The US government can enhance competitivenessand drive domestic economic growth by focusing on trade, taxes and travel in Asia Pacific, says Steven Okun
The US is rebalancing its foreign policy towards Asia. And as it does so, trade, taxes and travel are critical issues for American business operating here. From a public affairs perspective these “Three Ts” will be fundamental in opening new markets and increasing competitiveness.
By focusing its attention on these interconnected issues, the US government will also enhance and advance the rebalance towards Asia Pacific.
Through the rebalancing of US interests to focus on Asia, President Barack Obama has three focal points: military, political and economic. It is in the third leg of the stool, the economic one, where US business and government are partnering to the benefit of both US companies in Asia – and the US domestic economy.
This fundamental and ongoing rebalance will create new economic channels and give businesses exposure to high-growth industries. Energy and infrastructure, logistics, healthcare and retail are all poised for expansion given the region’s favorable demographics. Meanwhile the developing markets in Asia also stand to benefit from the best-practices which are being introduced by international companies.
For both policymakers and US business, the fundamental point to focus on is that securing greater access to Asian markets will deliver economic growth back home.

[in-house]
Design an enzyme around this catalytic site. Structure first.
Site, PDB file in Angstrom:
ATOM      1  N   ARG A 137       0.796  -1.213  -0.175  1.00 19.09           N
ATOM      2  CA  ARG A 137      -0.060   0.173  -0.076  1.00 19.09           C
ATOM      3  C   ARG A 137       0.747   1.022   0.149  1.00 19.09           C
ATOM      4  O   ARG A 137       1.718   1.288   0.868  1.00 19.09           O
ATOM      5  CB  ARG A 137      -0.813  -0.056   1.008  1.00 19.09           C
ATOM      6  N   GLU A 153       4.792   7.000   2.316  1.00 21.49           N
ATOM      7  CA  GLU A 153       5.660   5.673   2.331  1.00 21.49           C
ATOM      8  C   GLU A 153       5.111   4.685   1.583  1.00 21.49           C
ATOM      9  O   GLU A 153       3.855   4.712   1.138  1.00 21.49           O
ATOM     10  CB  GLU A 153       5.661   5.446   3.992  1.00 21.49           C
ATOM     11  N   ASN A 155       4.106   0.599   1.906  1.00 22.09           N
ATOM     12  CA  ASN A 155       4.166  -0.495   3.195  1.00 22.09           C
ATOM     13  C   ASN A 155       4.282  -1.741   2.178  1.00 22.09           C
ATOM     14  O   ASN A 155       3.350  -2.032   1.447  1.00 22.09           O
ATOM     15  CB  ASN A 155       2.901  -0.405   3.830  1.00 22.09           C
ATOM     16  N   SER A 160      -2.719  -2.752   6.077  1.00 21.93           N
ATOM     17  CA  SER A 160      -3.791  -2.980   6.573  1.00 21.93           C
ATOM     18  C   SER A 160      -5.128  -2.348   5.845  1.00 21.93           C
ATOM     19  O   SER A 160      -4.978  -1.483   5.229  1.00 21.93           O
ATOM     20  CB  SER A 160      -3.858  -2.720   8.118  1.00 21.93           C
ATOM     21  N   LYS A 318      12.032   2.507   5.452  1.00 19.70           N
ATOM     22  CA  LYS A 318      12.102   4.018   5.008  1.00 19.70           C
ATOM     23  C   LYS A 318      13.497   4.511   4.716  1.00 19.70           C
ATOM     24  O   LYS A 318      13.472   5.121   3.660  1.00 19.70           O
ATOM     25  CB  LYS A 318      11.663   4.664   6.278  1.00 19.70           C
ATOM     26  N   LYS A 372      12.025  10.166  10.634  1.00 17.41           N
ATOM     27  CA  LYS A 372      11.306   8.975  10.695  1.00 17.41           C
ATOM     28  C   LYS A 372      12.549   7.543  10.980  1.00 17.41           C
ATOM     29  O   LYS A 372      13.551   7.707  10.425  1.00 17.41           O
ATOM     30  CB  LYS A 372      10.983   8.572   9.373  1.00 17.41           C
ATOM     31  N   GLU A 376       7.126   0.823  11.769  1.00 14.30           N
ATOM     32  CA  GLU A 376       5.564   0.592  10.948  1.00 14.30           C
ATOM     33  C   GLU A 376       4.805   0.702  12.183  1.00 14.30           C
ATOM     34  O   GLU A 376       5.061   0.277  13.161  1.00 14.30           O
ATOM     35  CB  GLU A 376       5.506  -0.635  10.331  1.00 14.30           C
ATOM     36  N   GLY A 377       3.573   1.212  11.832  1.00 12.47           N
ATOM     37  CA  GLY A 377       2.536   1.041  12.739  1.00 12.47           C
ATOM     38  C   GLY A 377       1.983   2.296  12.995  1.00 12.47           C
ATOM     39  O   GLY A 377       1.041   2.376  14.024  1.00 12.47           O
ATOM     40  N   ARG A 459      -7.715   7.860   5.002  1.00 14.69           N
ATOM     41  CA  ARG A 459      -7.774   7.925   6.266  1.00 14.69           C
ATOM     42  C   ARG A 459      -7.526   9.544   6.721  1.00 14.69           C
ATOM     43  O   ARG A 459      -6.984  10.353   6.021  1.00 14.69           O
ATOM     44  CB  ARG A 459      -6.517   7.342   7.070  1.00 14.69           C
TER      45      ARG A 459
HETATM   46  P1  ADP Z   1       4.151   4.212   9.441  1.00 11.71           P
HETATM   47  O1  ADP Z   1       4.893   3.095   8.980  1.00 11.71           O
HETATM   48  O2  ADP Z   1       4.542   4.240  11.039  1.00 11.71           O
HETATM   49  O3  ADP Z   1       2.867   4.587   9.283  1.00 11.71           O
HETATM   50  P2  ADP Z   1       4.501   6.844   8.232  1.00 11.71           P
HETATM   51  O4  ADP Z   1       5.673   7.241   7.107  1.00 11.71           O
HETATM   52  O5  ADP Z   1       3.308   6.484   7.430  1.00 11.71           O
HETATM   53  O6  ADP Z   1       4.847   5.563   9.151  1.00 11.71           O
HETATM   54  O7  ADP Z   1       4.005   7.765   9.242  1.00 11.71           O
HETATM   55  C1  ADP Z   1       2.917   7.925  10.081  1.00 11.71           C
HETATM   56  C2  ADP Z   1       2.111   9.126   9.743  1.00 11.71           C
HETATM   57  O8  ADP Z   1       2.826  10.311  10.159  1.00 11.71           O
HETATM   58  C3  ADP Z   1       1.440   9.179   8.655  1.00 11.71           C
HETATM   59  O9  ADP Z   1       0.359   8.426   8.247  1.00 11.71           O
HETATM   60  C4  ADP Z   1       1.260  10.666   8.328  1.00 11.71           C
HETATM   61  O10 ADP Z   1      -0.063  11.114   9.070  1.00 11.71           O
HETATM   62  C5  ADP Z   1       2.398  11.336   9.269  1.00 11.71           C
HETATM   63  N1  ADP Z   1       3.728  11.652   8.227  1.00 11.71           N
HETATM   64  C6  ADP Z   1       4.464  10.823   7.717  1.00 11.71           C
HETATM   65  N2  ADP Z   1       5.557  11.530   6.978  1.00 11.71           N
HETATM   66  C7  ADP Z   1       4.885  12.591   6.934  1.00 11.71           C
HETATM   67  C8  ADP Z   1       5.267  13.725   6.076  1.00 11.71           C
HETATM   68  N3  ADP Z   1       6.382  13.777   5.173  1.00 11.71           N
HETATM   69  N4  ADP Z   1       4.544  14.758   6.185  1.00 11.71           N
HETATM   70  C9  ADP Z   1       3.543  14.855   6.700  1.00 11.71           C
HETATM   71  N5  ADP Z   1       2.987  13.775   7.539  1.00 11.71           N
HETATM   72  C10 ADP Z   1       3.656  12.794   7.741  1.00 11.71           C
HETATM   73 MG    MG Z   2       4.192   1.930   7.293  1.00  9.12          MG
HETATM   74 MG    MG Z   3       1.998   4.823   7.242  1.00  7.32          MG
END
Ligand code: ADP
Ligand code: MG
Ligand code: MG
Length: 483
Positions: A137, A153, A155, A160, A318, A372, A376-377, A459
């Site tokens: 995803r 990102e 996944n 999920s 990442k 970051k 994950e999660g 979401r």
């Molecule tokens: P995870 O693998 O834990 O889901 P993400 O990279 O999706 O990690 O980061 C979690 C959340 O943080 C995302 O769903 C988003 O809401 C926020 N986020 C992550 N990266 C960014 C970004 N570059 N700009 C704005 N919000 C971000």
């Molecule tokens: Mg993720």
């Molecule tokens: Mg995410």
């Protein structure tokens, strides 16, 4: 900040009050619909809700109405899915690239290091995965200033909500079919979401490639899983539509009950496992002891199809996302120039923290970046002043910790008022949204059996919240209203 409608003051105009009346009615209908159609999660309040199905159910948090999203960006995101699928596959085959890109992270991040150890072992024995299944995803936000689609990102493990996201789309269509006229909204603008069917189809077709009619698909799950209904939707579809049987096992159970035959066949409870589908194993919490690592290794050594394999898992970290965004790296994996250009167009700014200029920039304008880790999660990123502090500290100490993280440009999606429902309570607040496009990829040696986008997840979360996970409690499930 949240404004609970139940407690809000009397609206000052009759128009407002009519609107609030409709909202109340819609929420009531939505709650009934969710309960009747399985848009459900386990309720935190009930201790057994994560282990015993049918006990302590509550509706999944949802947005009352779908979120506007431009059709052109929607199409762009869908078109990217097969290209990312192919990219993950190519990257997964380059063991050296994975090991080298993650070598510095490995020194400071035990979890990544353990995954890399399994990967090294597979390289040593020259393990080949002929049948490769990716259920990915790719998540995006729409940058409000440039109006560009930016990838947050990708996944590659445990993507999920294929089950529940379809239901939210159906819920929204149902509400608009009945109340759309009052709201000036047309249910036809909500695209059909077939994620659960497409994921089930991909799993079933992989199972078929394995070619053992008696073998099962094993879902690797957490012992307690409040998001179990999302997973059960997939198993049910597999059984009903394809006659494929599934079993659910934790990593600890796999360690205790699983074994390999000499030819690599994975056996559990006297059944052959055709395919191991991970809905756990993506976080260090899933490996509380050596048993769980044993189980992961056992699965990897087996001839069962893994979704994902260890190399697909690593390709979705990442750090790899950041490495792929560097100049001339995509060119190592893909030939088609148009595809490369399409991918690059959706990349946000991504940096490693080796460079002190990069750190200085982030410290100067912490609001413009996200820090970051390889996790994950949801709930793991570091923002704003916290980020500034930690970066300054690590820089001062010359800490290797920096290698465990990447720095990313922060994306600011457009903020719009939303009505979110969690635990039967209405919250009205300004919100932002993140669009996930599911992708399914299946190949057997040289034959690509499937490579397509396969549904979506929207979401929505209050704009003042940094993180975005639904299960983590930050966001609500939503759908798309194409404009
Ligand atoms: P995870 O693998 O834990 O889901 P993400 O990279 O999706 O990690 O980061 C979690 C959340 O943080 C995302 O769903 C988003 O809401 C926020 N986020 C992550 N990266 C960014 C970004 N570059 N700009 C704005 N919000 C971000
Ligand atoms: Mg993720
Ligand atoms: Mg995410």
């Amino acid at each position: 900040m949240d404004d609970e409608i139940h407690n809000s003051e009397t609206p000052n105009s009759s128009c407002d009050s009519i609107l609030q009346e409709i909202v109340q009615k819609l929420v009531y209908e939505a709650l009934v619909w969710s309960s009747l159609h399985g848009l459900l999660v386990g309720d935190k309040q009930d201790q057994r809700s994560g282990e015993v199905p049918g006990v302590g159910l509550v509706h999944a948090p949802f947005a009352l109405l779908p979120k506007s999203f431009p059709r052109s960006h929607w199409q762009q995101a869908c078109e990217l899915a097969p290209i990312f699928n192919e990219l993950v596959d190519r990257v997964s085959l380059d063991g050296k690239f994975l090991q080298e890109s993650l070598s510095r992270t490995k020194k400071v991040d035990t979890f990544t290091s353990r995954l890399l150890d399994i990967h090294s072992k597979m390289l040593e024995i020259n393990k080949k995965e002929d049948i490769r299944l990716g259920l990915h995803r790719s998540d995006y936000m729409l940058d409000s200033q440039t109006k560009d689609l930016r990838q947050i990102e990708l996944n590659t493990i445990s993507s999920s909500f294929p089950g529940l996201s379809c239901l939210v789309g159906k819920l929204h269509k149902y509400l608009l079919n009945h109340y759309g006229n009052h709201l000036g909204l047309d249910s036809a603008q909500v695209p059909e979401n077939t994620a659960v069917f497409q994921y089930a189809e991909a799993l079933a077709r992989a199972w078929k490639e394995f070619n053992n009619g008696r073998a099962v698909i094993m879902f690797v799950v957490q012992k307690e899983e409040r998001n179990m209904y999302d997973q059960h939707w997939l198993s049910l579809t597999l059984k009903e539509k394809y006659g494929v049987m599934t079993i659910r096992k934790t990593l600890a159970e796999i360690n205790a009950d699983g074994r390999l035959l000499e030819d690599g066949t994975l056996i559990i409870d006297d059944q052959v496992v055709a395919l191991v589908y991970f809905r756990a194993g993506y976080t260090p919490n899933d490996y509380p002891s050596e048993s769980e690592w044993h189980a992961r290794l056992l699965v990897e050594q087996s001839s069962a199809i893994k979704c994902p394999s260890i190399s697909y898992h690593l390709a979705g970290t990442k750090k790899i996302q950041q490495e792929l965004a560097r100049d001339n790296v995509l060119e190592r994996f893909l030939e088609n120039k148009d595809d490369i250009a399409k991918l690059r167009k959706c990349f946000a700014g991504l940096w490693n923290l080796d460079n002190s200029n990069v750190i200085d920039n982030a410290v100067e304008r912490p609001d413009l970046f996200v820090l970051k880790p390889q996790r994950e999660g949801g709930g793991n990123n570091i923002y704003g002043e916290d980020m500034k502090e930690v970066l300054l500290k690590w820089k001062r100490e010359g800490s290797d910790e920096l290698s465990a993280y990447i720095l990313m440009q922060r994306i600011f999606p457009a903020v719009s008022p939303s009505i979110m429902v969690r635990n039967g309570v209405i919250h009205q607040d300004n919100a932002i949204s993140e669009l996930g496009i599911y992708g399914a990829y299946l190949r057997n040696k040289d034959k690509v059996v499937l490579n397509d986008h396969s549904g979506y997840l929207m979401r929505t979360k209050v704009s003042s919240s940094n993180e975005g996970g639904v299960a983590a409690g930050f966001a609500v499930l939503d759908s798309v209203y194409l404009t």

Driving the TPP agenda
The push on trade centres on the Trans-Pacific Partnership (TPP). The TPP is widely referred to as a true 21st century trade agreement. It does not just address issues of what happens at the border, such as the tariffs and what goods are allowed into a country, or what happens when goods cross the border, such as customs duties.
Instead the TPP goes much further in actually addressing behind the border issues. What businesses need most today are not only access to a market, but a level playing field once it is operating inside that market. Transparency in the licensing and regulatory process and competition with state owned enterprises are two areas which the TPP addresses.
Even as negotiations continue on the TPP, its impact is already being felt in a positive way. One example comes from Taiwan. Taiwanese officials are keen to join the TPP, and agencies have reached out to the American Chamber of Commerce in Taipei to find how the country can engage in a process liberalisation and reform to position it to be able to meet the standards of the TPP.
Regulators have taken positive steps, for example in meeting with the AmCham Taiwan private equity committee, which aims for greater transparency in the regulatory process. Over the last two years the committee has met regularly with government officials in Taipei showcase how transparency in the area of deal review is a prerequisite to promoting investment. Deal makers in the private equity industry need clarity: simply adopting the maxim that “the rules do not matter, so long as we know the rules and how they will be applied”.
Progress had been slow. However the PE committee has recently been informed that its requests for greater transparency will be met as part of the necessary steps to qualify for the TPP. This is a significant milestone and highlights both the power of the TPP and the power of opening up markets and instituting transparent rules within them.